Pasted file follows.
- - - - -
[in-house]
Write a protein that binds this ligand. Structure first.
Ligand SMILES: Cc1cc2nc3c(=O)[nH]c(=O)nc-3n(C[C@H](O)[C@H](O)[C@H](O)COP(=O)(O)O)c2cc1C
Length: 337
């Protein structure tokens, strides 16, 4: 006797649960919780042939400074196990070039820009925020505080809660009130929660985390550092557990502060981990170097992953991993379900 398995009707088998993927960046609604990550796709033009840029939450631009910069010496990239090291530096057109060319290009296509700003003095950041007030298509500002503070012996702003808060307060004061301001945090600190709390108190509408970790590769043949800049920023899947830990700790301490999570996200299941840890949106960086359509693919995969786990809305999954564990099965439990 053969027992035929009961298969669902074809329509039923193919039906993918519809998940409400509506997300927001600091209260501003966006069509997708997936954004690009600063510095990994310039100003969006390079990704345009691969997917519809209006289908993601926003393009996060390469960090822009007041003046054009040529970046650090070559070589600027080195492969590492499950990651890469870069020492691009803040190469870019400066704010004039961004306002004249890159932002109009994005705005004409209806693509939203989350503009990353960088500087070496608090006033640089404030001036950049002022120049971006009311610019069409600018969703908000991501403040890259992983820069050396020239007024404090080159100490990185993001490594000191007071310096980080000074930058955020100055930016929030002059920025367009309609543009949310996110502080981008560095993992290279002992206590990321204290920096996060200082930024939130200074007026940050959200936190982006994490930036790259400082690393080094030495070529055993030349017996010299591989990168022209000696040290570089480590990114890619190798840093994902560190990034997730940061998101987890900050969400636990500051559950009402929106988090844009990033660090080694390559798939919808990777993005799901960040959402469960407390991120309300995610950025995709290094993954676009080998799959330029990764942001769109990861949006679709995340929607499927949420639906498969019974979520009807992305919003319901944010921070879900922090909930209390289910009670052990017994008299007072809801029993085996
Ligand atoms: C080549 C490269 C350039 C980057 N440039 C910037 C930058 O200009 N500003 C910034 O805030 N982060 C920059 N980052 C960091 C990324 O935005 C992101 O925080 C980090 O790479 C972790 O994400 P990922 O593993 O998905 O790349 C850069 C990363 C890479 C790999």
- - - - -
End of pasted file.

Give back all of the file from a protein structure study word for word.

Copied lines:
[in-house]
Write a protein that binds this ligand. Structure first.
Ligand SMILES: Cc1cc2nc3c(=O)[nH]c(=O)nc-3n(C[C@H](O)[C@H](O)[C@H](O)COP(=O)(O)O)c2cc1C
Length: 337
């Protein structure tokens, strides 16, 4: 006797649960919780042939400074196990070039820009925020505080809660009130929660985390550092557990502060981990170097992953991993379900 398995009707088998993927960046609604990550796709033009840029939450631009910069010496990239090291530096057109060319290009296509700003003095950041007030298509500002503070012996702003808060307060004061301001945090600190709390108190509408970790590769043949800049920023899947830990700790301490999570996200299941840890949106960086359509693919995969786990809305999954564990099965439990 053969027992035929009961298969669902074809329509039923193919039906993918519809998940409400509506997300927001600091209260501003966006069509997708997936954004690009600063510095990994310039100003969006390079990704345009691969997917519809209006289908993601926003393009996060390469960090822009007041003046054009040529970046650090070559070589600027080195492969590492499950990651890469870069020492691009803040190469870019400066704010004039961004306002004249890159932002109009994005705005004409209806693509939203989350503009990353960088500087070496608090006033640089404030001036950049002022120049971006009311610019069409600018969703908000991501403040890259992983820069050396020239007024404090080159100490990185993001490594000191007071310096980080000074930058955020100055930016929030002059920025367009309609543009949310996110502080981008560095993992290279002992206590990321204290920096996060200082930024939130200074007026940050959200936190982006994490930036790259400082690393080094030495070529055993030349017996010299591989990168022209000696040290570089480590990114890619190798840093994902560190990034997730940061998101987890900050969400636990500051559950009402929106988090844009990033660090080694390559798939919808990777993005799901960040959402469960407390991120309300995610950025995709290094993954676009080998799959330029990764942001769109990861949006679709995340929607499927949420639906498969019974979520009807992305919003319901944010921070879900922090909930209390289910009670052990017994008299007072809801029993085996
Ligand atoms: C080549 C490269 C350039 C980057 N440039 C910037 C930058 O200009 N500003 C910034 O805030 N982060 C920059 N980052 C960091 C990324 O935005 C992101 O925080 C980090 O790479 C972790 O994400 P990922 O593993 O998905 O790349 C850069 C990363 C890479 C790999």